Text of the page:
197.205.70.37 - - [23/Jan/2014:16:46:55 -0500] "POST /index.php?option=com_jce&task=plugin&plugin=imgmanager&file=imgmanager&method=form&cid=20 HTTP/1.0" 200 329 "-" "BOT/0.1 (BOT for JCE)"
197.205.70.37 - - [23/Jan/2014:16:46:55 -0500] "GET /images/stories/3xp.php HTTP/1.0" 200 465 "-" "BOT/0.1 (BOT for JCE)"

As I mentioned, JCE is a very popular component and there are still many sites that use old versions of this component. No wonder, hackers are scanning the Internet for such vulnerable sites.  They reworked the exploit code for use in their automated tools that relentlessly test millions of sites, one by another.  These days, I can find multiple requests with the “BOT/0.1 (BOT for JCE)” User-Agent string in logs of almost every site that I check, even in logs of sites that have never had Joomla installed.

I’d like to share some interesting statistics of a real site that had been hacked using this JCE hole and then was being routinely reinfected every day.

  • 7,409 requests with the User-Agent “BOT/0.1 (BOT for JCE)” that came from 785 different IPs during the period of Dec 24th – Jan 24th (one month)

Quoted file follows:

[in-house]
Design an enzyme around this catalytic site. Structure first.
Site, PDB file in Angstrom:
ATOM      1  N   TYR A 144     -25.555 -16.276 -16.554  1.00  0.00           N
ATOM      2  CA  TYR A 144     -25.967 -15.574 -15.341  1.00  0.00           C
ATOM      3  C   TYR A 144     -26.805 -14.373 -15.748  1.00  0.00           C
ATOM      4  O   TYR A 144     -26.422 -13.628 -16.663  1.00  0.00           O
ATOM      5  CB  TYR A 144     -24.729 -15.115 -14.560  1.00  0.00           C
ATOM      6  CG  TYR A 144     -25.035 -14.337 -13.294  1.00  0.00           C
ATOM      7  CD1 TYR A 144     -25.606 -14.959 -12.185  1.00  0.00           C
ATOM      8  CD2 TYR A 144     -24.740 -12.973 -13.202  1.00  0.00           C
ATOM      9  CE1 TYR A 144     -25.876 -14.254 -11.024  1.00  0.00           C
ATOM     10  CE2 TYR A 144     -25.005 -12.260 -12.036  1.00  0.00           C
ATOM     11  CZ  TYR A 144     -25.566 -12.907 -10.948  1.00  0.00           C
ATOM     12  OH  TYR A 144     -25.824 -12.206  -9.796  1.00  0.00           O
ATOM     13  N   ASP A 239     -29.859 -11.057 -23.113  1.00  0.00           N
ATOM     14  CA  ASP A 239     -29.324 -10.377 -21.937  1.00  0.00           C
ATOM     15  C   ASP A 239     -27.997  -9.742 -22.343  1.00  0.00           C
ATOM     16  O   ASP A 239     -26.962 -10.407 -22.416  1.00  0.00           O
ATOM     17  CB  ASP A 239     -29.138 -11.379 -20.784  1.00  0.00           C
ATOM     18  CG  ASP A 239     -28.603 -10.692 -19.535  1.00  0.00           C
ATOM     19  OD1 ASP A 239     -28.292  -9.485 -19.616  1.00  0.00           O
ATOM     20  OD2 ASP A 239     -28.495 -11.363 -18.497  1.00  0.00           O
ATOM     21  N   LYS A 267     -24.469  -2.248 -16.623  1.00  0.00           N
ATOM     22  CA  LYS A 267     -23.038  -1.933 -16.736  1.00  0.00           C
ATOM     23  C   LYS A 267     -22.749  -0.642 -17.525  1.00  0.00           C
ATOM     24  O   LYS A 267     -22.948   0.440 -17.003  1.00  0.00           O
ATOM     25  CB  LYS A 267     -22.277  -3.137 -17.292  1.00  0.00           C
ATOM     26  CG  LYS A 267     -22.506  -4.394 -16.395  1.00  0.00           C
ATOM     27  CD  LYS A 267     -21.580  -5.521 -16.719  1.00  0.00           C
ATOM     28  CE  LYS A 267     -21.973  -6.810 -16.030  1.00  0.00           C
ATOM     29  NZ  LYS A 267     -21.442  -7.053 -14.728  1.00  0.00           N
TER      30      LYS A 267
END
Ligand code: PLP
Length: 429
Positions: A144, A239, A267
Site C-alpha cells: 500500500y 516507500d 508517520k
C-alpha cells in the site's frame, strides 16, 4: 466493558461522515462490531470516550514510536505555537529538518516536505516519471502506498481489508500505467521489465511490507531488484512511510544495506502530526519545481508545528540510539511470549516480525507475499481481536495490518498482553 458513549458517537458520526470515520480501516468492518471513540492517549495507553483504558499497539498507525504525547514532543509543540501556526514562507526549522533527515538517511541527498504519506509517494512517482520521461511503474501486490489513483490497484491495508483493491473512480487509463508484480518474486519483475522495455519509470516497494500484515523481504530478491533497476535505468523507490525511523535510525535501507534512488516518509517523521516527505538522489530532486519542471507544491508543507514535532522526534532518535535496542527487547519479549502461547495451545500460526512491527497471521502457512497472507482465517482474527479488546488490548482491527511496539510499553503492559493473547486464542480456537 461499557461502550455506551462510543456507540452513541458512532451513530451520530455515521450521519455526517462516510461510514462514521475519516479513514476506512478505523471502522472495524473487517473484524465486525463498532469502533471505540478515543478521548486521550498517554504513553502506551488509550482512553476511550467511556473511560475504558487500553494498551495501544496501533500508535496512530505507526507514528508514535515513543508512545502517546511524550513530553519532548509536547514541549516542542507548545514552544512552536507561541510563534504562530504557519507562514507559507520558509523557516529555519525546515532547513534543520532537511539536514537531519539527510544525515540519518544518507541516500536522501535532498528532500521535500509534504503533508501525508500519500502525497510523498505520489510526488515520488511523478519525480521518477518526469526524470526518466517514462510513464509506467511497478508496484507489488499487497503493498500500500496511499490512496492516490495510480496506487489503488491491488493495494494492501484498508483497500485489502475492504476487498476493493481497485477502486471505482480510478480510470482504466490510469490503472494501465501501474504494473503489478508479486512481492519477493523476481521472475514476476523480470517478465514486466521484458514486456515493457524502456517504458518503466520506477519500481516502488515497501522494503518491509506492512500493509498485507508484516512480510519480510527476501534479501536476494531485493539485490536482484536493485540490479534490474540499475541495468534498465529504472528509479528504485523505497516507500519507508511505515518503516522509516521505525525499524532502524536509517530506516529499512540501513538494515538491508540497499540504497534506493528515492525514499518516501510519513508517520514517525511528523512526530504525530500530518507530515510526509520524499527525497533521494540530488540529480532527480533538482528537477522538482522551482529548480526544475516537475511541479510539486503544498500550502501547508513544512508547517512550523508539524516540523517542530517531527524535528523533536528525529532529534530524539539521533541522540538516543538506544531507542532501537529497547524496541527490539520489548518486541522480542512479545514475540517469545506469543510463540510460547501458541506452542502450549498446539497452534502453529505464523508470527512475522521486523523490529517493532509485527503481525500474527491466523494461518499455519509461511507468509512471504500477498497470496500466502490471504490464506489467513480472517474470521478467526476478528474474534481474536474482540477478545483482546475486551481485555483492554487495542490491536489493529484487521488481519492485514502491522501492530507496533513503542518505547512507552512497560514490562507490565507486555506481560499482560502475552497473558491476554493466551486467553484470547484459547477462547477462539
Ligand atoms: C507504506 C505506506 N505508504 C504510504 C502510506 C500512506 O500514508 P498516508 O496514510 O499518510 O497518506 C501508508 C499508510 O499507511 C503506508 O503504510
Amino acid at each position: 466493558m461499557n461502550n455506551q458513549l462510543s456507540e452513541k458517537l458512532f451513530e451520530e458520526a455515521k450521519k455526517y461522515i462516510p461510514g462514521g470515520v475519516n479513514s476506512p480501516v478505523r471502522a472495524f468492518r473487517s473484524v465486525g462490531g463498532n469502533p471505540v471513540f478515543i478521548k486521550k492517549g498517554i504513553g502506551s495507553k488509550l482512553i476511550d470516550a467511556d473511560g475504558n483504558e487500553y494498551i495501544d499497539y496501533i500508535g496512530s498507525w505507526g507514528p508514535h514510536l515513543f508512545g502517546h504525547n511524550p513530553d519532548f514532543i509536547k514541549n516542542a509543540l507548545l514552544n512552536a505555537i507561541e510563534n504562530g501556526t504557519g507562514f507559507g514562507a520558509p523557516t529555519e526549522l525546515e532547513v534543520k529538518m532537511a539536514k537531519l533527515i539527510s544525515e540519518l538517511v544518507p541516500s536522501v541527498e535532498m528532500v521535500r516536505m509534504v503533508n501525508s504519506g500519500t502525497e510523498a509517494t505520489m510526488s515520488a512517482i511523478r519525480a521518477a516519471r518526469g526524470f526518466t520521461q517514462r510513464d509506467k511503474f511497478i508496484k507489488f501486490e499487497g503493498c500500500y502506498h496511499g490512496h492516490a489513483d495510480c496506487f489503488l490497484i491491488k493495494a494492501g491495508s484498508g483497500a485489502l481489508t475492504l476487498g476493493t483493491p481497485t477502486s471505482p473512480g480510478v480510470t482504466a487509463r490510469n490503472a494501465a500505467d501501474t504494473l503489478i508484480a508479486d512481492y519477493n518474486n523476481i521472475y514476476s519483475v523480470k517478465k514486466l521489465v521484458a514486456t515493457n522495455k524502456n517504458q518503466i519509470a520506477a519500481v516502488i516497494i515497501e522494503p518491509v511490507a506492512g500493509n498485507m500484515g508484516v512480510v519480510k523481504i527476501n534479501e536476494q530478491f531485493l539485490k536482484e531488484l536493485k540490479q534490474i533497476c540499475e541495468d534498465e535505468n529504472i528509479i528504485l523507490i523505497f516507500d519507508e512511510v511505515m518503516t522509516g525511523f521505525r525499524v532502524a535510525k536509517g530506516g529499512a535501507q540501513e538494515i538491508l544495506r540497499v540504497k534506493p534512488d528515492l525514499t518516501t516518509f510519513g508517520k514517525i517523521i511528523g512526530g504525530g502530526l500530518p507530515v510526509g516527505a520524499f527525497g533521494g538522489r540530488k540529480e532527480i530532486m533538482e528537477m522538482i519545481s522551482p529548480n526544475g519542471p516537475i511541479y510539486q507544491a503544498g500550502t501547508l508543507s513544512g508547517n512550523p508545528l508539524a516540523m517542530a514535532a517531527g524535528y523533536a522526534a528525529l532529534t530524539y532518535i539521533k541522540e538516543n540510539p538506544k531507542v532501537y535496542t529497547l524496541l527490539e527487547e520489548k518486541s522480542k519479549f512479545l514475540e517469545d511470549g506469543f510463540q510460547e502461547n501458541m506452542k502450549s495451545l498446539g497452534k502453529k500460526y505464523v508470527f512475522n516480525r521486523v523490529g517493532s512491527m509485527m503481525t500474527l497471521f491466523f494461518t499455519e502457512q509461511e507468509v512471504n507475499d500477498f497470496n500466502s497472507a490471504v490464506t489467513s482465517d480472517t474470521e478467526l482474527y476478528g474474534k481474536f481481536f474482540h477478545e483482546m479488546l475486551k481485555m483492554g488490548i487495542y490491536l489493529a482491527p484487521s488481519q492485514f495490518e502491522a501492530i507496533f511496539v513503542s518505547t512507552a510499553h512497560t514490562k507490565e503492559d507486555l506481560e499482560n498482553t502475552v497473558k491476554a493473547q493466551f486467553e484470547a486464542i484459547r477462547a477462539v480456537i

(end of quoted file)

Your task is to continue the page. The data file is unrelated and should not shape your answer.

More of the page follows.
• 239 requests from 51 unique IP addresses during the last 24 hours
  • 4 independent (uploaded different types of backdoors) successful infections during one day.
  • plus, multiple tests for other vulnerabilities.

To webmasters

As you can see,  this is something that you can’t neglect or consider an insignificant threat.  It’s silly to hope that hackers won’t find your site. Today hackers have resources to spider the Internet almost as efficiently as Google just about 10 years ago, so there is almost no chance your site will stay unnoticed. The only way to prevent the hacks is to be proactive:  keep all software up-to-date and harden your sites.

In case of this particular JCE attack:

  1. Make sure to upgrade your Joomla site to the most current version.
  2. Upgrade JCE to the latest version. You can find download packages for all the three branches of Joomla here.
  3. Protect all file upload directories and all directories that shouldn’t contain .php files. For example, place the following .htaccess file there to prevent execution of PHP files:
    <Files *.php>
    deny from all
    </Files>
  4. Try blocking requests with the “BOT/0.1 (BOT for JCE)” User-Agent string.  Of course, this shouldn’t be considered as a real protection. Hackers can change the User-Agent string to whatever they want. But it can help keep some dumb annoying bots away from your site.
  5. If, for some reason, you can’t upgrade your site at this moment, consider placing it behind a website firewall that will block any malicious traffic before it reaches your server.  This is something that we call virtual patching in Sucuri CloudProxy.